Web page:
Remarks by Commissioner George Morara; The Vice Chairperson of the Kenya National Commission on Human Rights, during the Launch of the report, Breaking the Cycles of Violence; Gaps in Prevention of and Response to Electoral Related Violence, at the Hotel Intercontinental-Nairobi.
17th December 2019.
Hon. Safina Kwekwe Tsungu, Principal Secretary State Department of Gender Affairs, through you, allow me to recognize the courage and commitment of the victims and survivors of sexual violence present here with us today and those who are not in this room but whose pain and suffering continues to remind us all that we must say NO TO SEXUAL VIOLENCE.
Li Fung, Senior Human Rights Adviser Office of the High Commissioner for Human Rights (OHCHR);
My colleague, Commissioner Jedidah Wakonyo Waruhiu
Anna Mutavati, Country Director, United Nations Entity for Gender Equality and the Empowerment of Women (UN-Women)
Naitore Nyamu, Head of Kenya Office, Physicians for Human Rights (PHR)
Jaqueline Mutere Executive, Director and National Coordinator, Grace Agenda
Distinguished representatives of development partners
Ladies and gentlemen.
I wish to take this opportunity to express my gratitude to you all on this important occasion as we launch the report on the Gap Analysis report on the Prevention and Response to Election-related Sexual Violence in Kenya; a subject of mutual concern to our institutions and our country. I take this opportunity to most sincerely thank the Office of the High Commissioner for Human Rights and the organizers for inviting the KNCHR to this event.
Ladies and Gentlemen,
The Kenya National Commission on Human Rights has been at the forefront in monitoring the Government’s compliance to the international, regional and national standards as pertains to sexual and reproductive health rights, with a particular focus on the protection against sexual and gender based violence. You will recall that on 28th November last year, the Kenya National Commission on Human Rights launched a report titled Silhouettes of Brutality; a documentation Prior to the release of the KNCHR the report on sexual violence, other reports highlighting electoral related violence were released. These reports were titled, the Fallacious vote, Mirage at Dusk and Still a Mirage at Dusk.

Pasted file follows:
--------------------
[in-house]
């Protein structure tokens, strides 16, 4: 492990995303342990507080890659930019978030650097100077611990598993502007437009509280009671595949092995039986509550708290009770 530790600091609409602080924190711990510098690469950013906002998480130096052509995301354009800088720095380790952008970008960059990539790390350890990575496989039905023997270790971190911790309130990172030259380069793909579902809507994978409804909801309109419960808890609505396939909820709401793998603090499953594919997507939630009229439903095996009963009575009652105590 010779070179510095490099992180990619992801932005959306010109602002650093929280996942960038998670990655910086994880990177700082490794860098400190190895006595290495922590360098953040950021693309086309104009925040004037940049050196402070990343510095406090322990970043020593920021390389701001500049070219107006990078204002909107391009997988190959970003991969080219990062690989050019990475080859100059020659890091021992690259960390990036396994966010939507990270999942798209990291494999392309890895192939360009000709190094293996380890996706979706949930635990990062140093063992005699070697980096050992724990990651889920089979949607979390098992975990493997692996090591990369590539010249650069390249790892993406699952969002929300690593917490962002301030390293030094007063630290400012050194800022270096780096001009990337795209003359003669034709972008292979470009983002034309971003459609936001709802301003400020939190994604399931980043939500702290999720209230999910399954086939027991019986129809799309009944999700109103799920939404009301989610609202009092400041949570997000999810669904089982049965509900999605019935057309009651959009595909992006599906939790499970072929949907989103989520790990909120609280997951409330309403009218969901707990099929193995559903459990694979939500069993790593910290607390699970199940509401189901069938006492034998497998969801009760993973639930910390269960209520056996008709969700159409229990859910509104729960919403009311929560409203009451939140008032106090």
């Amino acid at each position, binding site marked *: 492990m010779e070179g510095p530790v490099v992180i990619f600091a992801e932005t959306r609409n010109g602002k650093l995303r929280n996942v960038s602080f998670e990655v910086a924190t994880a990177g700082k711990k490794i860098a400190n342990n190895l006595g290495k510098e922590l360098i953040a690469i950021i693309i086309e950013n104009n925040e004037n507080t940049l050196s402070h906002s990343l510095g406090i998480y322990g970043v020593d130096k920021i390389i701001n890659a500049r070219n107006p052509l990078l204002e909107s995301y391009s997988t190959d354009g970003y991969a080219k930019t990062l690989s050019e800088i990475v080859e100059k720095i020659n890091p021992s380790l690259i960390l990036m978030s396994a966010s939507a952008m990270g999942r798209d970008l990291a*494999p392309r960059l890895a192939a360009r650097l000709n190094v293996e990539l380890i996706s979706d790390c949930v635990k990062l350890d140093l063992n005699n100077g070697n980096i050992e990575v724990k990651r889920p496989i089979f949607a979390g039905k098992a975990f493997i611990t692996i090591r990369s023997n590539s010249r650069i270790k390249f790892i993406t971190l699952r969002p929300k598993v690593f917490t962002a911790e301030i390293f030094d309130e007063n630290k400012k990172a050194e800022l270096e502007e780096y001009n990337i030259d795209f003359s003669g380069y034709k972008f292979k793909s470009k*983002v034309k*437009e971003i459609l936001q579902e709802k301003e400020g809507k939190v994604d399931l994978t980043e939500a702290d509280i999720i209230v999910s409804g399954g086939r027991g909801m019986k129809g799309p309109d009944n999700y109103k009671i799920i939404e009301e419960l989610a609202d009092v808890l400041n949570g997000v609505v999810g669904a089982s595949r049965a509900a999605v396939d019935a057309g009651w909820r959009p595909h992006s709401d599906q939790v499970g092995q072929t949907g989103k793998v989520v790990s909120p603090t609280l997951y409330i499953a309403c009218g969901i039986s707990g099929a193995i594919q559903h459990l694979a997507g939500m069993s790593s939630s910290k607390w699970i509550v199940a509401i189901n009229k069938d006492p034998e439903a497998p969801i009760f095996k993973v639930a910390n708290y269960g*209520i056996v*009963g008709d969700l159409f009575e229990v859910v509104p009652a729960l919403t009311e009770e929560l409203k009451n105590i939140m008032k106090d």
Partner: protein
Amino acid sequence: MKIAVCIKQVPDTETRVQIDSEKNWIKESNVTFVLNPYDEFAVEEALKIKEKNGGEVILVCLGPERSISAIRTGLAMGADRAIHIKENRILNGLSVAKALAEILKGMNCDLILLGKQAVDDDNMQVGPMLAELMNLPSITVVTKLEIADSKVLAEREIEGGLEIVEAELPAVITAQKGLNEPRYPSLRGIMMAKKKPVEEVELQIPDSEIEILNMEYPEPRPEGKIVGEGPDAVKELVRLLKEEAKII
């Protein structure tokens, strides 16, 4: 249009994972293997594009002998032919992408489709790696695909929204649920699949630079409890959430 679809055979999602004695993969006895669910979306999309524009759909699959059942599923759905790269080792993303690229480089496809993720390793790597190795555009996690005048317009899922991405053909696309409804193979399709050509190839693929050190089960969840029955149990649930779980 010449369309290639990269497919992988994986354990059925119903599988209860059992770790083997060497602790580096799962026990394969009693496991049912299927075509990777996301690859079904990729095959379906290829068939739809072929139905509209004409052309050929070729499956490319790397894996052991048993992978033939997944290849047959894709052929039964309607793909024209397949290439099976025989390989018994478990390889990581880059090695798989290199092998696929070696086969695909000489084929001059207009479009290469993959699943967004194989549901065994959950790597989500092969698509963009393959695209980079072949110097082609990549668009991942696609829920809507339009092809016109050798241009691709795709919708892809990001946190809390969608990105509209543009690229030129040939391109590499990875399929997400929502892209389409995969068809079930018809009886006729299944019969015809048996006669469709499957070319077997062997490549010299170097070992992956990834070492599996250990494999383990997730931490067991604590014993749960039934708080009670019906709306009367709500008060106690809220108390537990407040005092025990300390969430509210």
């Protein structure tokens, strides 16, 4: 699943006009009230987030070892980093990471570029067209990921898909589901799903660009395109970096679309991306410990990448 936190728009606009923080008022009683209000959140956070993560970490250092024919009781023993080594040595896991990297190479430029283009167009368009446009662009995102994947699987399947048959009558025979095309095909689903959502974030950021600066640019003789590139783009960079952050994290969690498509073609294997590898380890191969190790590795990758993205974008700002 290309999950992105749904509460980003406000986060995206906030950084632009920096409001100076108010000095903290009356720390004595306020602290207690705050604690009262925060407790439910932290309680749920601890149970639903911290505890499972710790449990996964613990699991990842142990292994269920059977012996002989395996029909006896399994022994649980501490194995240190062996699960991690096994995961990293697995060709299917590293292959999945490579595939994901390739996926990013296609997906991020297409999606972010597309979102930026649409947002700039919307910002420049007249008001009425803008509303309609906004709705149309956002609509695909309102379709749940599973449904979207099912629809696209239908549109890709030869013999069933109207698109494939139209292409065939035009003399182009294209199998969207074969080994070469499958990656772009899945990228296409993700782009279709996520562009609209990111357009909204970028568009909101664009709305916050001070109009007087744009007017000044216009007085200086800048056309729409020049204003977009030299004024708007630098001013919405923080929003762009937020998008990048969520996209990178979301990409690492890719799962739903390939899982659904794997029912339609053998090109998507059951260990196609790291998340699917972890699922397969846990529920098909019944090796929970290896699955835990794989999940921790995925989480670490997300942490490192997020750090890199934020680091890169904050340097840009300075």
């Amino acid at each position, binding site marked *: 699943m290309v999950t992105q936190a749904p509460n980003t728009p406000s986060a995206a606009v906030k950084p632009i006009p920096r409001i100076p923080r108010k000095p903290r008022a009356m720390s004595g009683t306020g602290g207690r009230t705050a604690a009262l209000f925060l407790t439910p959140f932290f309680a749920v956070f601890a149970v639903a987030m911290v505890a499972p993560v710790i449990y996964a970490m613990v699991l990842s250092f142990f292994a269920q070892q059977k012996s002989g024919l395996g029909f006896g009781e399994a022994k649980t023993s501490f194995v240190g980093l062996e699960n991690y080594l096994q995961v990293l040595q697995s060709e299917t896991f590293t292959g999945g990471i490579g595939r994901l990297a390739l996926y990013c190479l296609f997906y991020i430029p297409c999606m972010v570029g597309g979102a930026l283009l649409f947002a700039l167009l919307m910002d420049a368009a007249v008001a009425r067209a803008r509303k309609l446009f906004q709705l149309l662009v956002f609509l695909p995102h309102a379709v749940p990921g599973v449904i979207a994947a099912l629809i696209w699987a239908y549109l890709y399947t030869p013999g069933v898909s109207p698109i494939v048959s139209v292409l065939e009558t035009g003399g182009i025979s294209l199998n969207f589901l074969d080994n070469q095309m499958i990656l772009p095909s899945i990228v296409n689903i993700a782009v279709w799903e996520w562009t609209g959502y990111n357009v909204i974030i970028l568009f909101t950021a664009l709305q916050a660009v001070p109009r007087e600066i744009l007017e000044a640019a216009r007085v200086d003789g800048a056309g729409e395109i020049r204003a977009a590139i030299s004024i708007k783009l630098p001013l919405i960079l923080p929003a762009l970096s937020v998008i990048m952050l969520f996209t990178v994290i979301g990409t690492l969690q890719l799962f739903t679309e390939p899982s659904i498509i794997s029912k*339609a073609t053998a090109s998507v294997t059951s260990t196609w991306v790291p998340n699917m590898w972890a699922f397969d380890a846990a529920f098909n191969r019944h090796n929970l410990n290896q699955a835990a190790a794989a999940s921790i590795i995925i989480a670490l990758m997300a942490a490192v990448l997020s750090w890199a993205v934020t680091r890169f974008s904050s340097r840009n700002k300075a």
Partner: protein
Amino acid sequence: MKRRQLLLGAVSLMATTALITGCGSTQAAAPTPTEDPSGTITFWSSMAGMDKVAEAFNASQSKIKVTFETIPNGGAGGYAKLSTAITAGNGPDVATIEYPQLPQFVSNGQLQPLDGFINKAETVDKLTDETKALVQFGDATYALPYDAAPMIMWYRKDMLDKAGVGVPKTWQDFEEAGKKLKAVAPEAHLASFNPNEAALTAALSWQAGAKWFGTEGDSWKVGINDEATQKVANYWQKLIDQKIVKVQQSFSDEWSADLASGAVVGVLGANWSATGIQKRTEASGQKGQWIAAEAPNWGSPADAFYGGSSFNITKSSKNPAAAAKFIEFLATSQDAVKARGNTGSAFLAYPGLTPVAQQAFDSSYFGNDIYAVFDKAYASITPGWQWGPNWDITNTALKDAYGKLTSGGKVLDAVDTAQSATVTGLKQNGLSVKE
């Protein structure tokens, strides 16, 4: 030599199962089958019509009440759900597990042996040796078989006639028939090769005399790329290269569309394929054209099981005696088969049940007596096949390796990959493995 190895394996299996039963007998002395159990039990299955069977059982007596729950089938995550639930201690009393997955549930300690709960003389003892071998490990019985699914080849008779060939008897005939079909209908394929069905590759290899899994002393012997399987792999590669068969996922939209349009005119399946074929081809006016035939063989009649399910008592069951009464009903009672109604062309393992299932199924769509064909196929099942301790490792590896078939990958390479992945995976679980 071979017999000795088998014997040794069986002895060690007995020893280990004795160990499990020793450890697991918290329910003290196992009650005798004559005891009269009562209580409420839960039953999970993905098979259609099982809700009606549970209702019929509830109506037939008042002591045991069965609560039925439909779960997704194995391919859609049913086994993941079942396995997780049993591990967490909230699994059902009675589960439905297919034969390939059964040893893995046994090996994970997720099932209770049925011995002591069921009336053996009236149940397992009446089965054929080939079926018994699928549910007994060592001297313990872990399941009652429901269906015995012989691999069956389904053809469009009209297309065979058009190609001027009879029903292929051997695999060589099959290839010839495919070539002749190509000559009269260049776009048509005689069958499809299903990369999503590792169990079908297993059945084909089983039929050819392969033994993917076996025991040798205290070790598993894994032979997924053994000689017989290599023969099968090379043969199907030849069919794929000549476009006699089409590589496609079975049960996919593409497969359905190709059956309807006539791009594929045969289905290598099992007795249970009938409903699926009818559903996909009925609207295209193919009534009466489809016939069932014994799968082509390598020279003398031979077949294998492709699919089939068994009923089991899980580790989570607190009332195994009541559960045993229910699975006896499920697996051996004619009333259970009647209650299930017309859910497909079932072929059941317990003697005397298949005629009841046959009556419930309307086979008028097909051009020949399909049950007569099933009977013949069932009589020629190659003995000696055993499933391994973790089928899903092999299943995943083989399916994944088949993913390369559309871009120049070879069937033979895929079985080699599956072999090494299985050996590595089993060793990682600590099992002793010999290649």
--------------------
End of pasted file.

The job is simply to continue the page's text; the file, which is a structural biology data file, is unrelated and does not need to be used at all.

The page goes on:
The reports highlighted a worrying trend of sexual violence being used as a weapon in election-related conflicts as was evidenced in the 2007 and 2017 General Election against a backdrop of the State obligations to national, regional and international human rights instruments. The findings of these reports are a stark reminder about the vulnerability of men, women and children, particularly the poor or those from marginalized segments of society, during general elections in Kenya.
Indeed, KNCHR observations are in line with those of the UN Secretary General which were made in April 2017 and I quote;
“Sexual violence continued to be employed as a tactic of war, with widespread and strategic rapes, including mass rapes, allegedly committed by several parties to armed conflict, mostly in conjunction with other crimes…”
It is worth noting that through the reports by the Kenya National Commission on Human Rights several recommendations to key actors, with a focus on accountability and reforms on the requisite prevention and protection mechanisms of electoral-related sexual violence, were made. It is a bit disappointing that most of recommendations are yet to be implemented.
Closely related to this discussion is the rule of law which is a critical pillar of good governance.
Impunity takes place where there is an absence of the rule of law. The absence of the rule of law can lead to violent conflict or repression leading to gross violations of human rights. The Office of the High Commissioner for Human Rights has observed and I quote;